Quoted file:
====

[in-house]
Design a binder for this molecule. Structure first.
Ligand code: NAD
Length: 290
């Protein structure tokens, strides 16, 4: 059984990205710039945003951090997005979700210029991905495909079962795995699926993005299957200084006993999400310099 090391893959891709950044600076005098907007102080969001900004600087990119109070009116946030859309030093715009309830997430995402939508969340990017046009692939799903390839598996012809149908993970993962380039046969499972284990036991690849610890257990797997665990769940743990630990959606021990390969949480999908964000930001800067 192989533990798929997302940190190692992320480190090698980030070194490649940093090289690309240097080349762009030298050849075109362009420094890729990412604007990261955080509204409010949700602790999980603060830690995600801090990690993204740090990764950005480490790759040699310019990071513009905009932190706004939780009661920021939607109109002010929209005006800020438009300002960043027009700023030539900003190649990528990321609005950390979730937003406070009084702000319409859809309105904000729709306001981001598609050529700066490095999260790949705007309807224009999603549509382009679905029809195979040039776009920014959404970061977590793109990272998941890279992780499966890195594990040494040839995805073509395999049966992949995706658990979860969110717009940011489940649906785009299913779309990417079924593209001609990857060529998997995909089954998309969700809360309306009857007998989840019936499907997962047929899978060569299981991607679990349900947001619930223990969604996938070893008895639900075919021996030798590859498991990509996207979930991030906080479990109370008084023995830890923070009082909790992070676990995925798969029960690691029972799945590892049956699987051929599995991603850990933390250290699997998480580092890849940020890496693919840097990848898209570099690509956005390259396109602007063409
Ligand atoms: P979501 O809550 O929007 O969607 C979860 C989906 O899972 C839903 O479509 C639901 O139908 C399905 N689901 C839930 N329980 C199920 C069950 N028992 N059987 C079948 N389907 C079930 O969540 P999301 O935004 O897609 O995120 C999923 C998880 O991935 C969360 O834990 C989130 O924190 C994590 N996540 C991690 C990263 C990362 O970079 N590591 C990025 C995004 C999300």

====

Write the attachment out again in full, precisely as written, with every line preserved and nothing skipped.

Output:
[in-house]
Design a binder for this molecule. Structure first.
Ligand code: NAD
Length: 290
């Protein structure tokens, strides 16, 4: 059984990205710039945003951090997005979700210029991905495909079962795995699926993005299957200084006993999400310099 090391893959891709950044600076005098907007102080969001900004600087990119109070009116946030859309030093715009309830997430995402939508969340990017046009692939799903390839598996012809149908993970993962380039046969499972284990036991690849610890257990797997665990769940743990630990959606021990390969949480999908964000930001800067 192989533990798929997302940190190692992320480190090698980030070194490649940093090289690309240097080349762009030298050849075109362009420094890729990412604007990261955080509204409010949700602790999980603060830690995600801090990690993204740090990764950005480490790759040699310019990071513009905009932190706004939780009661920021939607109109002010929209005006800020438009300002960043027009700023030539900003190649990528990321609005950390979730937003406070009084702000319409859809309105904000729709306001981001598609050529700066490095999260790949705007309807224009999603549509382009679905029809195979040039776009920014959404970061977590793109990272998941890279992780499966890195594990040494040839995805073509395999049966992949995706658990979860969110717009940011489940649906785009299913779309990417079924593209001609990857060529998997995909089954998309969700809360309306009857007998989840019936499907997962047929899978060569299981991607679990349900947001619930223990969604996938070893008895639900075919021996030798590859498991990509996207979930991030906080479990109370008084023995830890923070009082909790992070676990995925798969029960690691029972799945590892049956699987051929599995991603850990933390250290699997998480580092890849940020890496693919840097990848898209570099690509956005390259396109602007063409
Ligand atoms: P979501 O809550 O929007 O969607 C979860 C989906 O899972 C839903 O479509 C639901 O139908 C399905 N689901 C839930 N329980 C199920 C069950 N028992 N059987 C079948 N389907 C079930 O969540 P999301 O935004 O897609 O995120 C999923 C998880 O991935 C969360 O834990 C989130 O924190 C994590 N996540 C991690 C990263 C990362 O970079 N590591 C990025 C995004 C999300």